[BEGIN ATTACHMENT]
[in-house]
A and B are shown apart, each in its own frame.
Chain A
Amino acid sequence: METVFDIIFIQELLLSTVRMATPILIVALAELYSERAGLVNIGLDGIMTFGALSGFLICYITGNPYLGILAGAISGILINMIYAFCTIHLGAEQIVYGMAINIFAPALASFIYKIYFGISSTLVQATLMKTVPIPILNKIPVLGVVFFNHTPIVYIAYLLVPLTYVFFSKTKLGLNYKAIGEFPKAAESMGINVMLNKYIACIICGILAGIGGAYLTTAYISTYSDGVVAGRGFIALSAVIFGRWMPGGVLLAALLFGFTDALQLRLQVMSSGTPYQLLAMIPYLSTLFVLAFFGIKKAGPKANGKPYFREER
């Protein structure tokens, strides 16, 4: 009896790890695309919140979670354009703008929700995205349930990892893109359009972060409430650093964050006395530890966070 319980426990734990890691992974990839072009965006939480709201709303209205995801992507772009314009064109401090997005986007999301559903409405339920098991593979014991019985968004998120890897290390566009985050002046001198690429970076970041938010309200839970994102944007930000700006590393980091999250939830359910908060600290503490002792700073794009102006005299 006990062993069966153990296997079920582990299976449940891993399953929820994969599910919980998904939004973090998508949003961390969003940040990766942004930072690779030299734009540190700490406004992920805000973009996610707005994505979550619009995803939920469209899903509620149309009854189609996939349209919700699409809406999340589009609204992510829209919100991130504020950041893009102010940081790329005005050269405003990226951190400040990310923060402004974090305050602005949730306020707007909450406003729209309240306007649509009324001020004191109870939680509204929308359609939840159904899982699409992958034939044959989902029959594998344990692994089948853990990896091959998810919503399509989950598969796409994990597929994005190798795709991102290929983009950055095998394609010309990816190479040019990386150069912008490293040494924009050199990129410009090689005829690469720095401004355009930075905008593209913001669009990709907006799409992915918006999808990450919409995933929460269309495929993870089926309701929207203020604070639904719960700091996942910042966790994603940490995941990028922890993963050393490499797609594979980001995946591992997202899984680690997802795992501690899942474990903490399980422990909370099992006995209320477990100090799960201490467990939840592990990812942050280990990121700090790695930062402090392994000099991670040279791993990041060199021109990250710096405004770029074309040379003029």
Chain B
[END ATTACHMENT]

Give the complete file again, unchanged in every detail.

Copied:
[in-house]
A and B are shown apart, each in its own frame.
Chain A
Amino acid sequence: METVFDIIFIQELLLSTVRMATPILIVALAELYSERAGLVNIGLDGIMTFGALSGFLICYITGNPYLGILAGAISGILINMIYAFCTIHLGAEQIVYGMAINIFAPALASFIYKIYFGISSTLVQATLMKTVPIPILNKIPVLGVVFFNHTPIVYIAYLLVPLTYVFFSKTKLGLNYKAIGEFPKAAESMGINVMLNKYIACIICGILAGIGGAYLTTAYISTYSDGVVAGRGFIALSAVIFGRWMPGGVLLAALLFGFTDALQLRLQVMSSGTPYQLLAMIPYLSTLFVLAFFGIKKAGPKANGKPYFREER
């Protein structure tokens, strides 16, 4: 009896790890695309919140979670354009703008929700995205349930990892893109359009972060409430650093964050006395530890966070 319980426990734990890691992974990839072009965006939480709201709303209205995801992507772009314009064109401090997005986007999301559903409405339920098991593979014991019985968004998120890897290390566009985050002046001198690429970076970041938010309200839970994102944007930000700006590393980091999250939830359910908060600290503490002792700073794009102006005299 006990062993069966153990296997079920582990299976449940891993399953929820994969599910919980998904939004973090998508949003961390969003940040990766942004930072690779030299734009540190700490406004992920805000973009996610707005994505979550619009995803939920469209899903509620149309009854189609996939349209919700699409809406999340589009609204992510829209919100991130504020950041893009102010940081790329005005050269405003990226951190400040990310923060402004974090305050602005949730306020707007909450406003729209309240306007649509009324001020004191109870939680509204929308359609939840159904899982699409992958034939044959989902029959594998344990692994089948853990990896091959998810919503399509989950598969796409994990597929994005190798795709991102290929983009950055095998394609010309990816190479040019990386150069912008490293040494924009050199990129410009090689005829690469720095401004355009930075905008593209913001669009990709907006799409992915918006999808990450919409995933929460269309495929993870089926309701929207203020604070639904719960700091996942910042966790994603940490995941990028922890993963050393490499797609594979980001995946591992997202899984680690997802795992501690899942474990903490399980422990909370099992006995209320477990100090799960201490467990939840592990990812942050280990990121700090790695930062402090392994000099991670040279791993990041060199021109990250710096405004770029074309040379003029």
Chain B